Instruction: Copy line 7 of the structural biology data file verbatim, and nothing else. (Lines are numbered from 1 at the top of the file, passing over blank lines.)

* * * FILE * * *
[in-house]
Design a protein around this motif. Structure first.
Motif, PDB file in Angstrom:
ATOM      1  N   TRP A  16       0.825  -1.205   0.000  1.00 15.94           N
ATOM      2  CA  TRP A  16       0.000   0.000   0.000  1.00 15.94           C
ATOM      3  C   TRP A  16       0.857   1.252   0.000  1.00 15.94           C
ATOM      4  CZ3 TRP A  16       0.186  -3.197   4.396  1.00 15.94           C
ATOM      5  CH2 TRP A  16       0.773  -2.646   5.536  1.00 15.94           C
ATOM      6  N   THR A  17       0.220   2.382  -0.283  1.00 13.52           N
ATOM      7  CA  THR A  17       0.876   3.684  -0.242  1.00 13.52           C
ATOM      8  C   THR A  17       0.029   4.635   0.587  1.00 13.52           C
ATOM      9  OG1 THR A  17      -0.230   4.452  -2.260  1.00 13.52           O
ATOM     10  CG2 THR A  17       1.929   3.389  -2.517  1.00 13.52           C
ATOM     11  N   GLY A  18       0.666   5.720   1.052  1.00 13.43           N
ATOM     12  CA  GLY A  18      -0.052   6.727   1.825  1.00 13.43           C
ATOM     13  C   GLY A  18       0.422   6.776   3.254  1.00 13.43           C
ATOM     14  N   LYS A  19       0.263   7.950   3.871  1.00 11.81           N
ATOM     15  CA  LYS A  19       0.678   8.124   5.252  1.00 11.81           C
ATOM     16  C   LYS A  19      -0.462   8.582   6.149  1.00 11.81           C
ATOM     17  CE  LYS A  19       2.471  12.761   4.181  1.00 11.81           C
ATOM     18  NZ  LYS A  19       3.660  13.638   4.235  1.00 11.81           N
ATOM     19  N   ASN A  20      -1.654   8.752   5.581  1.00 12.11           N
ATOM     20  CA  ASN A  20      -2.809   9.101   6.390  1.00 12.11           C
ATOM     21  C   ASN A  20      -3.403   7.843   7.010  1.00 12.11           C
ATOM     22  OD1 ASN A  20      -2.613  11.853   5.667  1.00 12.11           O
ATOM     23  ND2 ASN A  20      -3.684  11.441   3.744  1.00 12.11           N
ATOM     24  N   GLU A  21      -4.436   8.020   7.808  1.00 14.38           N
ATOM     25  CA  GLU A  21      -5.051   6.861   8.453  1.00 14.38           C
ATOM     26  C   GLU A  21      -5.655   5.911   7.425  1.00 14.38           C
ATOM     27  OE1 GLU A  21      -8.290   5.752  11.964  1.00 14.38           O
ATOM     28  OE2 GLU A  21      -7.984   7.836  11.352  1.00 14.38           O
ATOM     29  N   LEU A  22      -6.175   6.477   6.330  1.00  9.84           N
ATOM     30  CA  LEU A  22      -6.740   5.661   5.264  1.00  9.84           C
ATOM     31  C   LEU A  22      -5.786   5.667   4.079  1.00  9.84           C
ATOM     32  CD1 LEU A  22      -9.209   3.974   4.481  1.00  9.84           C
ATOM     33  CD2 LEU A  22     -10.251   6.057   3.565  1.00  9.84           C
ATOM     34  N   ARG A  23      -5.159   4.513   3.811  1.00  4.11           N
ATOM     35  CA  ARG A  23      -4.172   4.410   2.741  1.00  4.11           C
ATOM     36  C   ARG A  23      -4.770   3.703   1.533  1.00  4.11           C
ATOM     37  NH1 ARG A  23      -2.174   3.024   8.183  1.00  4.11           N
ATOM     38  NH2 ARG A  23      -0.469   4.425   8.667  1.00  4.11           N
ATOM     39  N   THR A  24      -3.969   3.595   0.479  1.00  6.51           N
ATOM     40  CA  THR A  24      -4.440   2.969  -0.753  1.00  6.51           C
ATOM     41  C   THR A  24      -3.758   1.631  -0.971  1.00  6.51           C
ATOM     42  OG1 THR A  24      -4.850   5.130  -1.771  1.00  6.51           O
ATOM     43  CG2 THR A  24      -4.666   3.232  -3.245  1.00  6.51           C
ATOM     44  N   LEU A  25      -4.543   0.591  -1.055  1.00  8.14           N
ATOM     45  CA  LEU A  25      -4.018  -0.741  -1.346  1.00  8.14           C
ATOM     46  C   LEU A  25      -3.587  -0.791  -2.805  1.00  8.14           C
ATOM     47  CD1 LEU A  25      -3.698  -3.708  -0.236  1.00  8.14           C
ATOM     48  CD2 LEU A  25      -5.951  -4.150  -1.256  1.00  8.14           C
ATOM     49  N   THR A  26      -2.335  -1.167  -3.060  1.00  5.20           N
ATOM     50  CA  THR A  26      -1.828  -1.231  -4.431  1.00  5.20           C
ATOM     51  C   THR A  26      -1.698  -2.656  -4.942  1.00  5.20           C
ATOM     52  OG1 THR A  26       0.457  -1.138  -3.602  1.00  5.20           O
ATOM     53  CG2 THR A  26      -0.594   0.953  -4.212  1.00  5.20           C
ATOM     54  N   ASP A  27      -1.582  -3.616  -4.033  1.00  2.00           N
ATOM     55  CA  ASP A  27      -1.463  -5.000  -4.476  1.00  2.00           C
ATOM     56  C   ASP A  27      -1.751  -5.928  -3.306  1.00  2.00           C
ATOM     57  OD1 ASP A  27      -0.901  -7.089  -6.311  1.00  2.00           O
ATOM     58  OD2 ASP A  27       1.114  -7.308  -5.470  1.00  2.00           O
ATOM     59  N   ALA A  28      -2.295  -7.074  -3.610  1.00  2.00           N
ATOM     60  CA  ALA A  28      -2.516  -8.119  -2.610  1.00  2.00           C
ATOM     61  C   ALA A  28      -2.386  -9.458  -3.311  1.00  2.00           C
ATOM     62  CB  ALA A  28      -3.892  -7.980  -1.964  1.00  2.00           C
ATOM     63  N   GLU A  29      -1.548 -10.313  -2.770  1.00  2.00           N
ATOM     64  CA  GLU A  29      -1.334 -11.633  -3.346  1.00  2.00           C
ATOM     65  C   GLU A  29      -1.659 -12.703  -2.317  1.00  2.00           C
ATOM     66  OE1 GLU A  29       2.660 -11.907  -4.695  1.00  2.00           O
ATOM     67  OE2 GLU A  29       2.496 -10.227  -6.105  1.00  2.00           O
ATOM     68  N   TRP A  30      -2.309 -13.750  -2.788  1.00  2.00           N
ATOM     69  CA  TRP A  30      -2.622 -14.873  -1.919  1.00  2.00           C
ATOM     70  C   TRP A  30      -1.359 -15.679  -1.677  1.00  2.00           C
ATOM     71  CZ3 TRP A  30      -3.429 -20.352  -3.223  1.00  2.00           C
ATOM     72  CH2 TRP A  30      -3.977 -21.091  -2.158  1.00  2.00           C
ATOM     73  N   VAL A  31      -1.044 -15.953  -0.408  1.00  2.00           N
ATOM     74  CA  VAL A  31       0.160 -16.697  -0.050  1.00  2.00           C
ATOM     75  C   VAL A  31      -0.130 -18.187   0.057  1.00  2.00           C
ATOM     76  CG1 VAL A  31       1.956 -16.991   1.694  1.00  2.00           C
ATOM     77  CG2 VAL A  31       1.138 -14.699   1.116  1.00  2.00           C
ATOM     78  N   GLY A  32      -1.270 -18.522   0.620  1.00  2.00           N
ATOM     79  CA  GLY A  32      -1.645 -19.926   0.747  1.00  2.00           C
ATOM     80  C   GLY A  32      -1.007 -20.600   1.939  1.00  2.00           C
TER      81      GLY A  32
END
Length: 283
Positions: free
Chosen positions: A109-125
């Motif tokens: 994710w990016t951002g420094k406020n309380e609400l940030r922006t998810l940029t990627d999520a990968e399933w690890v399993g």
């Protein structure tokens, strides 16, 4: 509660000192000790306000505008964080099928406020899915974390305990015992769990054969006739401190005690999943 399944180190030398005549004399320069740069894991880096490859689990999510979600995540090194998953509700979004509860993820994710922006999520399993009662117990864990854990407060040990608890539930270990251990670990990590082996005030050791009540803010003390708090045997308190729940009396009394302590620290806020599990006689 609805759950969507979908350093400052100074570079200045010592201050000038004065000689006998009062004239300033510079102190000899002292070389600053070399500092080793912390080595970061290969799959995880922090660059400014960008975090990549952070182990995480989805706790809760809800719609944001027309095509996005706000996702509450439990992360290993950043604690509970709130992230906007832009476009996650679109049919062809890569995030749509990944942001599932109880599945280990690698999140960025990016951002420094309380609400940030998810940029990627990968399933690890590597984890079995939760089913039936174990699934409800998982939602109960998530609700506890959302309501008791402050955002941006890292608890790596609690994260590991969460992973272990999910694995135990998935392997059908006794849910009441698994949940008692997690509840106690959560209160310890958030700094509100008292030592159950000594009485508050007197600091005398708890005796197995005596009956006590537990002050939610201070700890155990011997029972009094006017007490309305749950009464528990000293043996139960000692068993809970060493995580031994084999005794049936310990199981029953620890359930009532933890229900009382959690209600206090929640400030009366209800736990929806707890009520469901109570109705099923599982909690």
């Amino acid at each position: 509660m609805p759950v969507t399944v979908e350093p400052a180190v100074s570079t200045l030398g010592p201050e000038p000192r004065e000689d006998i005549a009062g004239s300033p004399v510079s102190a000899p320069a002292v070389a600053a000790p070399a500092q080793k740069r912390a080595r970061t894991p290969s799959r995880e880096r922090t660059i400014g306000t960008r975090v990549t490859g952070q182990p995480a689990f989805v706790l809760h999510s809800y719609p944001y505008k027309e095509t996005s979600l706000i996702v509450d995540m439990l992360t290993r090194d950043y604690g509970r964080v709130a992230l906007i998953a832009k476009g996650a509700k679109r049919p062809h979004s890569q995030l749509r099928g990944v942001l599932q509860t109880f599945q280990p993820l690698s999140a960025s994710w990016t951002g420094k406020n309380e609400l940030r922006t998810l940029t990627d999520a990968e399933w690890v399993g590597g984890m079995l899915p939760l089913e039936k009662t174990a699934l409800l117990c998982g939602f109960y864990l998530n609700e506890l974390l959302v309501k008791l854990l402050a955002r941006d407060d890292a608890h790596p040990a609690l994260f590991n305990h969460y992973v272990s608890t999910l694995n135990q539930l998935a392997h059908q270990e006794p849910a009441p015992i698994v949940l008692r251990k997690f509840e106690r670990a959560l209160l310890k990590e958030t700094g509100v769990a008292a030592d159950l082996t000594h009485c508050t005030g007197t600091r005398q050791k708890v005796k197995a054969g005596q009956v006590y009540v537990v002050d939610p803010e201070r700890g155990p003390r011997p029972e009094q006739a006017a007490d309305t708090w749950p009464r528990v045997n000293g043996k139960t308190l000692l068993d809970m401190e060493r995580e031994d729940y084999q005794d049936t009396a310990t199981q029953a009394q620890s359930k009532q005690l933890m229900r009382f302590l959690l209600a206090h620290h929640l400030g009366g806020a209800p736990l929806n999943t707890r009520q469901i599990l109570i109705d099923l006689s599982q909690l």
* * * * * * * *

ATOM      4  CZ3 TRP A  16       0.186  -3.197   4.396  1.00 15.94           C